Brains hurt, need help

Discussion in 'General Preparedness Discussion' started by Kriket, Jul 5, 2010.

  1. Kriket

    Kriket Liq Plumber on ur tin hat

    So babies, life, changing jobs and generally BS have gotten in my way, but now things are settling down, and I am finding myself in a very different position than I was when I started!

    I need help with an evacuation plan for 2 adults, a 14m old, a cat, an australian shephard who is my 'survival dog' and a min pin who is... not.

    I have 72h kits for DH and I, and the baby and aussie. BoB load and go style. I also have a larger 'survival' kit for the family. (it could set up a campsite) As the [email protected] neighbors were shooting fireworks on my roof I realized I should have a solid evacuation plan. I surfed the forum a little, and am not really seeing what I wanted to see, so I'll ask.

    I'm thinking about having a "graded" system, something like this

    Plan Echo - Short term evacuation, just for the day. We had a recycle center catch fire and if we were on the other side of the wind we would have needed to leave our house for the day.
    Plan Delta - Overnight evacuation, take both dogs and the cat/leave the animals with food for one night (for events like injury requiring a hospital stay etc)
    Plan Charlie - 3-5 Day evacuation,
    Plan Delta - Evacuate to shelter
    Plan Alpha - Evacuate to Canada

    I guess I can't get my thoughts together on what to do with the animals, and the second car for evac. I spend most of my thoughts on hunkering down. Evac is one of those too many variables things. :gaah: Any suggestions? My plans get vaguer the more "hot" the situation.
  2. NaeKid

    NaeKid YourAdministrator, eh?

    Looks like you are on the right track.

    E - Your survival kit would consist of a baby-bag and your purse. Finding a mall to "hang-out" in would give you your shelter, a place to get food, washrooms and water. You could wait for the "all-clear" to head back home. Good for day-time BugOut but not good for night-time BugOut.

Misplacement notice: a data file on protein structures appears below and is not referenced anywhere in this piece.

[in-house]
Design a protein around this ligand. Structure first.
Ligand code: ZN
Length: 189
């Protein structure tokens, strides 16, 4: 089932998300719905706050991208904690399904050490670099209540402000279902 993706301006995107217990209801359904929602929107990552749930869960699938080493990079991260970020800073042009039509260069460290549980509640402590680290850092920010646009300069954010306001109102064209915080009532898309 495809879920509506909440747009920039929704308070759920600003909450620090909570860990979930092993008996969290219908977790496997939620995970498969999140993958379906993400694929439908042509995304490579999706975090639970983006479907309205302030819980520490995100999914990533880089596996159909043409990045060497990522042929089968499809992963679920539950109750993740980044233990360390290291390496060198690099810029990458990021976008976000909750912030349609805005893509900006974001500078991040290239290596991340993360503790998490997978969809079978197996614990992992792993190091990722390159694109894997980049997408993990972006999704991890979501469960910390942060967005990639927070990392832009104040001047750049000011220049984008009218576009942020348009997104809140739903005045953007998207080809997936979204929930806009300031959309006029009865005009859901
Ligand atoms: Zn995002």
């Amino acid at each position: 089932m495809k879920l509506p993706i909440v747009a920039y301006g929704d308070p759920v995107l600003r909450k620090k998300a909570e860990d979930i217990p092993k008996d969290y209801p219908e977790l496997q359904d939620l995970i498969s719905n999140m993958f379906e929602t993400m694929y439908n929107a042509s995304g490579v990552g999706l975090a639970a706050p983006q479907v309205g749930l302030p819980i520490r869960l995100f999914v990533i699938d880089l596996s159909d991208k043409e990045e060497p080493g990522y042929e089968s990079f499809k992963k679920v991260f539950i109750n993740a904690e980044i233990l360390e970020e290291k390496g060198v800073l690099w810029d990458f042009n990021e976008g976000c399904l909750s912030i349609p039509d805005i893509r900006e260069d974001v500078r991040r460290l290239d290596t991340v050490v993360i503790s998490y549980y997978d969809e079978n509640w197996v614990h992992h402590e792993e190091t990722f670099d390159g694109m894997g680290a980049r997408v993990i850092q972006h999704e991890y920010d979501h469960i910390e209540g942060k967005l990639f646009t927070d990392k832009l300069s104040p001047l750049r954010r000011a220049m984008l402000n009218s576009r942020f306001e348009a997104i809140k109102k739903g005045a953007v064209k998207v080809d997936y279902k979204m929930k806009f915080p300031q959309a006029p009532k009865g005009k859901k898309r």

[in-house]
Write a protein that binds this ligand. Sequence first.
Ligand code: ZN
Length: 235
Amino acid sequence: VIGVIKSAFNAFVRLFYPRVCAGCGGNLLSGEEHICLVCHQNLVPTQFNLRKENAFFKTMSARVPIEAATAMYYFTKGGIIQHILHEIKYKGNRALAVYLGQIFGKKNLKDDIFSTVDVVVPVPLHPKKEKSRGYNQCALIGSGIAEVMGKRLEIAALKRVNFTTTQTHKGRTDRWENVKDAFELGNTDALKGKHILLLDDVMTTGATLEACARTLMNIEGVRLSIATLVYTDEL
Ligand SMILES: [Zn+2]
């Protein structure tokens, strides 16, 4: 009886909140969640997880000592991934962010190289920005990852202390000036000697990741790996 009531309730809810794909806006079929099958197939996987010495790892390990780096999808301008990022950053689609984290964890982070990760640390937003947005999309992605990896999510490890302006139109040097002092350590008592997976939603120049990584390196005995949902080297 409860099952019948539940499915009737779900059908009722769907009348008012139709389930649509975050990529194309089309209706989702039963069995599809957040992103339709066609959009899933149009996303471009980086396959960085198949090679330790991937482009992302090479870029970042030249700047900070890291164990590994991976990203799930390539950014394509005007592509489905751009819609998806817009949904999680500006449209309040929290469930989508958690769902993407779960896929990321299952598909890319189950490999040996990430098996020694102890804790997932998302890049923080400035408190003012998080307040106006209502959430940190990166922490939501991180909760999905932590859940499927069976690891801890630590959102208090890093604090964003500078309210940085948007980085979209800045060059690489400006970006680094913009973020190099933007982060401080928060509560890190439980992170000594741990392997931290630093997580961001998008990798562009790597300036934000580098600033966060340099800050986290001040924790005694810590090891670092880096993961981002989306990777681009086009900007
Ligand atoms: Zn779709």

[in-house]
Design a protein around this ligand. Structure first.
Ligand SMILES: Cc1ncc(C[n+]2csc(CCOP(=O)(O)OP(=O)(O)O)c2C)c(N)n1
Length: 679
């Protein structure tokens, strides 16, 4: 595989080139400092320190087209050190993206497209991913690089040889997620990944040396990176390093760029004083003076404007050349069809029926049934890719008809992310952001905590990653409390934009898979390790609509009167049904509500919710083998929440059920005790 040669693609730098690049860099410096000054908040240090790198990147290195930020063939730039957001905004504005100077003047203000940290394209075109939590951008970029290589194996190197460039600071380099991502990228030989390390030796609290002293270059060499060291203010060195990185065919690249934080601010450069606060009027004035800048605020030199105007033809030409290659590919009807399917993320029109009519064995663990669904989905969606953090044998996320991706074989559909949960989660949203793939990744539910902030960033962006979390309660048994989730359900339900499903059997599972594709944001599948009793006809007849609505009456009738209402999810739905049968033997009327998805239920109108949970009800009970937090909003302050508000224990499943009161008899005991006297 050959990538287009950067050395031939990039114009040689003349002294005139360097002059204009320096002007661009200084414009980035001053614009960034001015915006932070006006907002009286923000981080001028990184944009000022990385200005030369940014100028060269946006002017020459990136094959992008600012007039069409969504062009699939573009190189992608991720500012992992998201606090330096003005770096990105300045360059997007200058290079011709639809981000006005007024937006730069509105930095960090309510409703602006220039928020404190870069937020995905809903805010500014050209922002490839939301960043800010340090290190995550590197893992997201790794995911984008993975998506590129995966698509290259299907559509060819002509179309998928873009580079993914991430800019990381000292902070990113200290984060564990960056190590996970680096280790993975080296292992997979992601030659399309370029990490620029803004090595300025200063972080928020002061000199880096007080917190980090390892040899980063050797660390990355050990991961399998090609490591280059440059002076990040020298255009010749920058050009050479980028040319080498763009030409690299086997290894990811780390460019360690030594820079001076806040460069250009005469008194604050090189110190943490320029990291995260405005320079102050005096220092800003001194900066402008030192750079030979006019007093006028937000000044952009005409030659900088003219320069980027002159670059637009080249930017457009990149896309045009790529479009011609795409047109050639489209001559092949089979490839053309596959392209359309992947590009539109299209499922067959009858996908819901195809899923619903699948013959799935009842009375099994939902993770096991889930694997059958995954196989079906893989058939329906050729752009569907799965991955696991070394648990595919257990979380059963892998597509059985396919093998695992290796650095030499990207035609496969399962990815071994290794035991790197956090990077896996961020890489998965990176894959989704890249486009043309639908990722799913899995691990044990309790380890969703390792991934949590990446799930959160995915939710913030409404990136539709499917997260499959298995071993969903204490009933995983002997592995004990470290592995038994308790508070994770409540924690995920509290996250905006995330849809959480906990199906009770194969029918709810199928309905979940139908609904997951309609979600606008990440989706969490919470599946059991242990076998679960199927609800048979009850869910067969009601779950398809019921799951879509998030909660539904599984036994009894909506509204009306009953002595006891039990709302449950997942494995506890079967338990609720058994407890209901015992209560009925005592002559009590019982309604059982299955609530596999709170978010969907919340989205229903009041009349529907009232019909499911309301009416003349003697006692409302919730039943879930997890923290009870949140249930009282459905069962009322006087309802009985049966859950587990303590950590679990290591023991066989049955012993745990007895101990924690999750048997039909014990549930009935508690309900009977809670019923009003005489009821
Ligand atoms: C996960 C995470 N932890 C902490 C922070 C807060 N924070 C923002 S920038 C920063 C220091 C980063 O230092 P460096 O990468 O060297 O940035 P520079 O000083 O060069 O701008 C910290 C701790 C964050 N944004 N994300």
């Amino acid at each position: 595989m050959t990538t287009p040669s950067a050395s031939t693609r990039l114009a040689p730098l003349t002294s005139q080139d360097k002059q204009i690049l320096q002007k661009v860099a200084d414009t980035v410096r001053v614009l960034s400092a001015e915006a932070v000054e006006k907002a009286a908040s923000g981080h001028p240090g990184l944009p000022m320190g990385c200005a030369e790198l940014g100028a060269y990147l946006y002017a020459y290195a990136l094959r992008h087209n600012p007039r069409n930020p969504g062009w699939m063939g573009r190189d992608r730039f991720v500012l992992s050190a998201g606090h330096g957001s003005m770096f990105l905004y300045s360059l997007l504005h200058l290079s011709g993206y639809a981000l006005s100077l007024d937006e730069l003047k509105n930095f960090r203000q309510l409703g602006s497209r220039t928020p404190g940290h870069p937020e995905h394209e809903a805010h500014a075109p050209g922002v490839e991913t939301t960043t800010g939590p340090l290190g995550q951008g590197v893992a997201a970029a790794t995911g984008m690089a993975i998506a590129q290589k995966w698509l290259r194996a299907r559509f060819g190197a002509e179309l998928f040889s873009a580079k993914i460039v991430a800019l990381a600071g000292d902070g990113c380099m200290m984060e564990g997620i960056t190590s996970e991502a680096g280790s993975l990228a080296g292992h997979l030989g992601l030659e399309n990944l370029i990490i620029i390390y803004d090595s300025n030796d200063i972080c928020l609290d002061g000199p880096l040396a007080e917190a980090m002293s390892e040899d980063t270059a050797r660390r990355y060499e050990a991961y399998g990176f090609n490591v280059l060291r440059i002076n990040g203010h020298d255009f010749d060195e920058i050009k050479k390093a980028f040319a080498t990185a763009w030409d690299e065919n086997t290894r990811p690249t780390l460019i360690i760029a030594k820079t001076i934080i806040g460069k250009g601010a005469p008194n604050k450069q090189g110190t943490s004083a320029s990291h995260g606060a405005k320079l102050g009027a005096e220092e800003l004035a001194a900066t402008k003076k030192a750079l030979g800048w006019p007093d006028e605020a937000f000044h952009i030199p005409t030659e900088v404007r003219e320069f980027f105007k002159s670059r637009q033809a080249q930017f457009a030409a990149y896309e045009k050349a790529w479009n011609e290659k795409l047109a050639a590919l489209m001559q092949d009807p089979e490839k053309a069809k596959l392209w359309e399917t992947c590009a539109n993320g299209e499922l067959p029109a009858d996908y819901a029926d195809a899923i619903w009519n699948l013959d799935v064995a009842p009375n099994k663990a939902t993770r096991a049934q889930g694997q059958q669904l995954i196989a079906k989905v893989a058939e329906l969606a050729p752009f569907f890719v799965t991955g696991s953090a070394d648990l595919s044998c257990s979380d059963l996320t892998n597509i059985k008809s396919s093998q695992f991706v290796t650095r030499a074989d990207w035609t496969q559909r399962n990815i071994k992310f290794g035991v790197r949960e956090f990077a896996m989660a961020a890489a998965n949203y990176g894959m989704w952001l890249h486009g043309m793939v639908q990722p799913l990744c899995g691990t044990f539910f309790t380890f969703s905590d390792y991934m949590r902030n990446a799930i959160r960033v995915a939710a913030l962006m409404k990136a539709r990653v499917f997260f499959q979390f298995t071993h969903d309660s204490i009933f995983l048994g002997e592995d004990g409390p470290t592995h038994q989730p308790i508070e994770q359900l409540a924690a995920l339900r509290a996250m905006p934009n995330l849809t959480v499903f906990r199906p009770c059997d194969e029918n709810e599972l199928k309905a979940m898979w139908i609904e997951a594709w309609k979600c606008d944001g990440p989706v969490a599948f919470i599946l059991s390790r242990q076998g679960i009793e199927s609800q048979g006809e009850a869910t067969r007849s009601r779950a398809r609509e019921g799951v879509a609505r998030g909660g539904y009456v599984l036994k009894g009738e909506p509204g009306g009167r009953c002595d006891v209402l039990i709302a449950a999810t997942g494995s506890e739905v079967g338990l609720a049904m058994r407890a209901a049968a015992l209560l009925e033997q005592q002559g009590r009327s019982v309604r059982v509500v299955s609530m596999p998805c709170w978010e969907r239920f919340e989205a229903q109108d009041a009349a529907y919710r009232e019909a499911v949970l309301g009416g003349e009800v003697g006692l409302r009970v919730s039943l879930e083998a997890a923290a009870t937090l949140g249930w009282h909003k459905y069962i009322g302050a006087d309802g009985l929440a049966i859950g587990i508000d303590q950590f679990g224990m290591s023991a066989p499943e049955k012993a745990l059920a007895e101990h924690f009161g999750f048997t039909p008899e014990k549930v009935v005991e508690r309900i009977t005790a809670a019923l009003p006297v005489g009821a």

D - Your survival kit could consist of a credit-card with some open space on it and head to the nearest decent motel / hotel. A warm bed and a shower would take care of your immediate needs and the continental breakfast would keep your belly happy.

    C - Plan for extended camping out in the bush. Camping trailer is pre-setup with solar panels for power, 3,000 watt inverter for power off of the batteries, fresh-water in the tanks, clothing / bedding always ready to use and as much dry-food / canned-food as you can stuff into the trailer. Only need to pack the fresh-food from your fridge and you are ready to go.

    C - Boondocking is stealth-camping within city limits. Combine a "work-truck" with an "enclosed utility trailer" and turn the two into a camping unit. Inside the trailer you have cooking / sleeping space and hiding under a commercial-style topper on the truck you have your food-supplies. Combine all that with hidden solar panels (hiding under ladders works very well) and you have stealth-camping ability with no sounds (gas generator) to bring the curious towards your hiding place.

    B - What kind of shelter? Personal hard-walled shelter like a cabin in the woods or a government provided shelter? See plan C (and alternate plan C) for a mobile shelter.